The Montana state legislature is a peculiar, somewhat anachronistic critter. Meeting for 90 days every other year, our state still has true citizen legislators. This often means they lack what might be called expertise in certain subjects, but it also means that they are generally very accessible and open to public feedback.
Montana being Montana, outdoor and especially hunting related legislation garners much interest. SB 143 is an example of something which gathered momentum very quickly, and I was sad to miss out on the first committee hearing yesterday afternoon (currently being stuck at home due to one of my clients testing positive for COVID). It is a terrible piece of legislation, that would follow the example of several other western states (New Mexico being the clearest example) by setting aside a significant pool of elk and deer tags for those non-residents who contract with a guide. As I will detail below, I think this issue goes well beyond simple questions of outfitter preference, and for that reason is very timely. Currently we’re in wait and see mode, as to whether the bill will make it out of committee, and if so, how the senate might vote. You can track this, and access contact info for the committee folks here; and read the bill at the bottom of this page.
Dear members of the Fish and Game committee:
I am writing to object to much of Senate Bill 143. As a Montana hunter and resident I believe both that favoring outfitters with draw allocations is not desirable nor in the states interest, and that doing so would move Montana hunting in an unhealthy and ultimately unsustainable direction.
As you are no doubt aware hunting in the western US is in the midst of something of a paradoxical crisis. Nationally, the number of hunters has been declining for some time, with the eldest two generations currently representing an outsized percentage of hunters. This begs the question of a steep decline in hunting and conservation revenue, due to how strongly many Fish and Game departments rely on tag sales, and how far Pittman-Robertson revenue is embedded nationally. At the same time, hunting demand in western states such as Montana has increased, or at the very least deepened, with the interests of what we might call core hunters significantly accelerating demand for limited-entry hunts. In Montana it seems that most if not all non-resident deer and elk hunting will be in that category soon, if not already.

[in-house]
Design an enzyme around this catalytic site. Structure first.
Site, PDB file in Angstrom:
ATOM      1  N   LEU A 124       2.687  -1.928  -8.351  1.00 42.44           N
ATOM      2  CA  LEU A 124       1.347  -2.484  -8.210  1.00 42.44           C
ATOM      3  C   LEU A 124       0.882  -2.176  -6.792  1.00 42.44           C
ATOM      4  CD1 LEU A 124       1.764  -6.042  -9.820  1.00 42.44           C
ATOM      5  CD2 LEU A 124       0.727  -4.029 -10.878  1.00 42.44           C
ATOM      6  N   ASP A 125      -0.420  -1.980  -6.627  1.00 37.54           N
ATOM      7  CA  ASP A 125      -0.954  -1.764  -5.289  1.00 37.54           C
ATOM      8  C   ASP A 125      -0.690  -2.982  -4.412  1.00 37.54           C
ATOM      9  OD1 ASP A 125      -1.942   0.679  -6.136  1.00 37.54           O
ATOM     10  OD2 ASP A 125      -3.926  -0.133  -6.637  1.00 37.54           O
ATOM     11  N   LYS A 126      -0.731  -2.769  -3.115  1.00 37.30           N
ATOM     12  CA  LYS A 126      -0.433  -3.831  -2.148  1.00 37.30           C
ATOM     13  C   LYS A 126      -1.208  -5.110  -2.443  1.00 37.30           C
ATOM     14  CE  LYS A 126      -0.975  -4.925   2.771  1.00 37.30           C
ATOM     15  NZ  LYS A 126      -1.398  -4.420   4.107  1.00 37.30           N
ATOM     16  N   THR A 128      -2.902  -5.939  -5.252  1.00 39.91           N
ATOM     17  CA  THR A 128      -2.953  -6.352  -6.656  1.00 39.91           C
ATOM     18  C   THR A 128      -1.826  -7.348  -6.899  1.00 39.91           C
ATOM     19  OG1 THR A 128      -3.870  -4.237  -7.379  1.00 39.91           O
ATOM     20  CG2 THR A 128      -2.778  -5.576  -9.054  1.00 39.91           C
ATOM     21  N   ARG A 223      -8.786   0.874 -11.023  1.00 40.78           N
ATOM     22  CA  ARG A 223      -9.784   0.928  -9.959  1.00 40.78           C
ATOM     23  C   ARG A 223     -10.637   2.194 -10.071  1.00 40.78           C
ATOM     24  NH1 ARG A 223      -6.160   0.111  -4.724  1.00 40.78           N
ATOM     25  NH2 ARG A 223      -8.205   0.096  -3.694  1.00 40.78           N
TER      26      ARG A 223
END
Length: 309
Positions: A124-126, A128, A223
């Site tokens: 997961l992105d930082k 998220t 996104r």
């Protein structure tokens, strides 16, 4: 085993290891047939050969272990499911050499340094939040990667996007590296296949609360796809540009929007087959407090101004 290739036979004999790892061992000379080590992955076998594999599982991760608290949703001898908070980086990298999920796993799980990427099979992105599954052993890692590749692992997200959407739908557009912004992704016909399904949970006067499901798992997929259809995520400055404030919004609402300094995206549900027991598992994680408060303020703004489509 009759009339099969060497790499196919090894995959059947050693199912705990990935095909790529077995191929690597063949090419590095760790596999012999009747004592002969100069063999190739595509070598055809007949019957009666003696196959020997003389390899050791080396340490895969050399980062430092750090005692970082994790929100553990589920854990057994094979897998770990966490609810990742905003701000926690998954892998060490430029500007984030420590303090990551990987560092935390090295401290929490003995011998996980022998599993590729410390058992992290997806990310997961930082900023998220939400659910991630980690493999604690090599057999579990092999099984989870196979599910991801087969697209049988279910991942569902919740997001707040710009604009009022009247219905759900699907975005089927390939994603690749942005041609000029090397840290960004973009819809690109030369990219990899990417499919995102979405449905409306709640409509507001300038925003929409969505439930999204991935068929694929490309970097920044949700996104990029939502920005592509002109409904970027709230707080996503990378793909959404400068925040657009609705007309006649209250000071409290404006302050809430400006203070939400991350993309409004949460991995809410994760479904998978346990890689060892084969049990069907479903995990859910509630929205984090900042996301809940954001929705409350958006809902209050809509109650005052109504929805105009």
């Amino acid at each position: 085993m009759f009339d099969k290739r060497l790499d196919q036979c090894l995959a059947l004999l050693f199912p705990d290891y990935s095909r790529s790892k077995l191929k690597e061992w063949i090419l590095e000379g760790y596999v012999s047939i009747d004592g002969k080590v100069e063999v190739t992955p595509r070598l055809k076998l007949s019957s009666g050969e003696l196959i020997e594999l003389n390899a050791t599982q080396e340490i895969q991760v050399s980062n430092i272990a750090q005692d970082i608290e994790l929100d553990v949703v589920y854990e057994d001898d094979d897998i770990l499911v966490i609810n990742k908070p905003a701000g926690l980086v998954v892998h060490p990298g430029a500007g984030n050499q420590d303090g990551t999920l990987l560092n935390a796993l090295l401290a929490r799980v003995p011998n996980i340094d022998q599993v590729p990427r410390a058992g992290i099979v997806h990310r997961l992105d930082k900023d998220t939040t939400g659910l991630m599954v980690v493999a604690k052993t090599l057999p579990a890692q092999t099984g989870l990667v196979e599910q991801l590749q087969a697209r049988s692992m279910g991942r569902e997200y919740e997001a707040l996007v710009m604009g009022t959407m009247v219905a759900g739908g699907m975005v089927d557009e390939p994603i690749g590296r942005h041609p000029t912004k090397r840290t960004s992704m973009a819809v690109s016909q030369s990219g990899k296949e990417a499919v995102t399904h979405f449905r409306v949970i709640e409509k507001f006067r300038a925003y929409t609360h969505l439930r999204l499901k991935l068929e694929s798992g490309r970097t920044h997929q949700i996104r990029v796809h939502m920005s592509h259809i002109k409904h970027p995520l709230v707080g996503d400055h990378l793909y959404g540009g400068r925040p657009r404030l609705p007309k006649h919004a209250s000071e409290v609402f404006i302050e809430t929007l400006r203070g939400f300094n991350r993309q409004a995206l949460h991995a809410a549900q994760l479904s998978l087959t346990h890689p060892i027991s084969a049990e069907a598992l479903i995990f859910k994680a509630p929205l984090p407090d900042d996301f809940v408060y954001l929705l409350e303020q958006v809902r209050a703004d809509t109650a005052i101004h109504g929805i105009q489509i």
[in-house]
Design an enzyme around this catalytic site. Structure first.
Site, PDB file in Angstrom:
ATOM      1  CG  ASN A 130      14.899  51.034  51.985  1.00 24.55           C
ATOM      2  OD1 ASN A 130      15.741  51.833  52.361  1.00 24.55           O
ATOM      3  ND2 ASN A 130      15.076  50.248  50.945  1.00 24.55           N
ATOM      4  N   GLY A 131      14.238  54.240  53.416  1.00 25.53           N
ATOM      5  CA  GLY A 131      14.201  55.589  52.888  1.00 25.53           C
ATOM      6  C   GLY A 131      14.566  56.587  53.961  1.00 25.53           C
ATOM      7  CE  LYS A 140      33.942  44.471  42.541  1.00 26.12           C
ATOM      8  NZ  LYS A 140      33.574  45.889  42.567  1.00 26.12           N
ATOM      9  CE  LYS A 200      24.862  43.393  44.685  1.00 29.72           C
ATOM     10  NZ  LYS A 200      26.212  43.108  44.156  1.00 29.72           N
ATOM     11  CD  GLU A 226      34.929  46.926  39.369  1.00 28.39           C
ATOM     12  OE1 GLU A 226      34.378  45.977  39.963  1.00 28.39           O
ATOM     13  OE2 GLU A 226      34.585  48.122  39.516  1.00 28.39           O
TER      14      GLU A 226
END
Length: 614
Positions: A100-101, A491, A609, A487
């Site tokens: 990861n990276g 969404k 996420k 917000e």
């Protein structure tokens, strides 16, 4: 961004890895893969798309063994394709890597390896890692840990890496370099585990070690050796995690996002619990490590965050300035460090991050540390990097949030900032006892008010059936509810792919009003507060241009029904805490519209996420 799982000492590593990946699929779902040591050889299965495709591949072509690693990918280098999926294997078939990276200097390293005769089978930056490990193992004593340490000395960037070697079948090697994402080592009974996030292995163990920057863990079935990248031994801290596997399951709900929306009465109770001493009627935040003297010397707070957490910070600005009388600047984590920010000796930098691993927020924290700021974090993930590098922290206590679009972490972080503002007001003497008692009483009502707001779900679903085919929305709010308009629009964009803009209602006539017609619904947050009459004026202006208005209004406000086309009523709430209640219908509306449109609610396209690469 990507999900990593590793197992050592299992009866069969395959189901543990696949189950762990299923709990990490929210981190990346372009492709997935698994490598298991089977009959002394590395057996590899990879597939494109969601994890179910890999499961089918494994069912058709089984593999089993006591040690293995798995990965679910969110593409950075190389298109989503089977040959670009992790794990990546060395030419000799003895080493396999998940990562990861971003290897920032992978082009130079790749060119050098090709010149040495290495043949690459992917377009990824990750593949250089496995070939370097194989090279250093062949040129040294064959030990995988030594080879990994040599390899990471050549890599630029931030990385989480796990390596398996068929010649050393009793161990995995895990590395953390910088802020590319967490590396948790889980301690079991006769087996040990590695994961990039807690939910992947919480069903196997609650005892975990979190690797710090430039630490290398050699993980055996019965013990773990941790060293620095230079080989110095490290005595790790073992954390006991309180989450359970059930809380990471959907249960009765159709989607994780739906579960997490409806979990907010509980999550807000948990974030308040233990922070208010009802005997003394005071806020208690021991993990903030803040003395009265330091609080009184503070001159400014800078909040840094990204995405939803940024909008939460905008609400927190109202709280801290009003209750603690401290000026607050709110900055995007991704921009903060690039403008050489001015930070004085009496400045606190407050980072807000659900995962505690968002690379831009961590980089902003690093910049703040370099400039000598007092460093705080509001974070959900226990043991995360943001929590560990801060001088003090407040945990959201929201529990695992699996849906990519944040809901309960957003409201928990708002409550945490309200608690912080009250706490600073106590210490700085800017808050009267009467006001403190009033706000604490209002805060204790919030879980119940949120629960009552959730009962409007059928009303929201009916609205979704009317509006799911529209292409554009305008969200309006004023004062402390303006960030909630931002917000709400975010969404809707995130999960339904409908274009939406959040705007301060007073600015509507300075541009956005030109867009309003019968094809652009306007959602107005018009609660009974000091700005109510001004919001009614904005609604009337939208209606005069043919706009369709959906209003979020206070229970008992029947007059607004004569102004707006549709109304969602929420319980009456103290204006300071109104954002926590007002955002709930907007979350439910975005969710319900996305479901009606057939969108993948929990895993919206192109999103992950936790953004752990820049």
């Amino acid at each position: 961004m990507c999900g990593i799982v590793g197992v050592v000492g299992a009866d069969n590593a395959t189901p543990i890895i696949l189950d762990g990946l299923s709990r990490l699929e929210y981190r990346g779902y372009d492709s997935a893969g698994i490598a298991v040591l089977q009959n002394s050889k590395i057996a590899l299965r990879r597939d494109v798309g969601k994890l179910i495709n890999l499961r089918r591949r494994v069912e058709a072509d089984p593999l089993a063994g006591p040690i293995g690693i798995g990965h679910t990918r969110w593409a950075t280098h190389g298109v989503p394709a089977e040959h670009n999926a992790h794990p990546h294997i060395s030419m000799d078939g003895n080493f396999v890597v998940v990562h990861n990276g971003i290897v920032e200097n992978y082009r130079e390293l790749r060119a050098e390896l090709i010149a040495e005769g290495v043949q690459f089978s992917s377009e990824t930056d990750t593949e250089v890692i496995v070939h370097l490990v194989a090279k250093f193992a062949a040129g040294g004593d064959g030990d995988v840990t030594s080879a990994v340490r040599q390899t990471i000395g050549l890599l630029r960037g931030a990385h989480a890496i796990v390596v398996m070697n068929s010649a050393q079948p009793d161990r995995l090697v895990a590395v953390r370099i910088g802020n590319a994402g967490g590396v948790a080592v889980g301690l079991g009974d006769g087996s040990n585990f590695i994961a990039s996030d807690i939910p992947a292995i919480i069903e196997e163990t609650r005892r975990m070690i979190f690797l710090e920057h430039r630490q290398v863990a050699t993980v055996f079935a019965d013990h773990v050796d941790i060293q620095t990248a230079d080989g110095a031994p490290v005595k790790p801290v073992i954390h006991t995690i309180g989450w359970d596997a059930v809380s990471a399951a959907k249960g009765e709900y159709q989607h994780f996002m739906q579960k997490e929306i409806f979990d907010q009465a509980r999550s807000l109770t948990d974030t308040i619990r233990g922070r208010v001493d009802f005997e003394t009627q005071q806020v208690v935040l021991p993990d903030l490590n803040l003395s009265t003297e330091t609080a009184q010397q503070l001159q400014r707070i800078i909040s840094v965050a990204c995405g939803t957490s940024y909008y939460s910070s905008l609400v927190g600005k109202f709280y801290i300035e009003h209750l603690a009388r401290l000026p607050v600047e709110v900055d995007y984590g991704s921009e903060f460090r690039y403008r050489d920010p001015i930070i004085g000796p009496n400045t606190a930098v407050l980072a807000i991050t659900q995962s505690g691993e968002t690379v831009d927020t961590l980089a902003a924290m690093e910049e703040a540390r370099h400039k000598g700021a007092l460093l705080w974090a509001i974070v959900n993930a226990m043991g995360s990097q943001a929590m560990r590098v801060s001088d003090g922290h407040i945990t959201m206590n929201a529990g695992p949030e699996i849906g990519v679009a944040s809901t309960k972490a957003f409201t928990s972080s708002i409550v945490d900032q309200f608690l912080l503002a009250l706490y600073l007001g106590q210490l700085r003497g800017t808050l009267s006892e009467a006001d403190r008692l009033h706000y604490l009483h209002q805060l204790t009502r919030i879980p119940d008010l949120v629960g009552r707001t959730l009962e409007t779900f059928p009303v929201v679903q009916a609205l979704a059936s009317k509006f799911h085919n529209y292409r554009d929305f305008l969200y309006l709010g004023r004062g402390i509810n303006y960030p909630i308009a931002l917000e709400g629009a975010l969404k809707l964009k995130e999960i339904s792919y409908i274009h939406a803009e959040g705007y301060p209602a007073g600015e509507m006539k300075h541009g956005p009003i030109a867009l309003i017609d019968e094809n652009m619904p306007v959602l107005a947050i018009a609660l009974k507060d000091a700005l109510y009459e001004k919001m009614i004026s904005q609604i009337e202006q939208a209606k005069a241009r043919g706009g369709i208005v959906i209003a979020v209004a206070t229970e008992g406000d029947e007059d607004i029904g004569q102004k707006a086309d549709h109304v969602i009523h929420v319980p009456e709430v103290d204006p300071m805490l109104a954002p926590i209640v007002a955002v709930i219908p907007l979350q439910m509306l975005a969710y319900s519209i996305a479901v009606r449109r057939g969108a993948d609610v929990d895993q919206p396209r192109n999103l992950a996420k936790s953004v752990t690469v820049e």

Montana residents have consistently and for a long time favored opportunity in their game management. Opportunity in the specific sense of long seasons and modest if any restrictions aside from season itself. Non-resident hunters lack the same consistency of voice, but anecdotally it seems they value the same thing in their visits to Montana. Being able to hunt where, when, and largely as they wish promotes the independence of spirit out of which our collective nostalgia for hunting and the outdoor springs, and is congruent with the egalitarian spirit of the North American model of wildlife conservation.
The cliff upon which hunting currently sits has to do with demand, and demand for a certain kind of hunting experience. Making those ways of hunting, hunting in big wild landscapes, hunting for animals in close to their ancient context, more difficult to access will do damage to hunting that will not be felt for decades. For aspirant hunters concerned with context and experience, diminished opportunity is an enormous barrier to entry. Simply put, being able to both purchase expertise via an outfitter, as well as purchase the opportunity itself via increased draw odds creates a both economic and logistical barrier that will not serve hunting well into the future.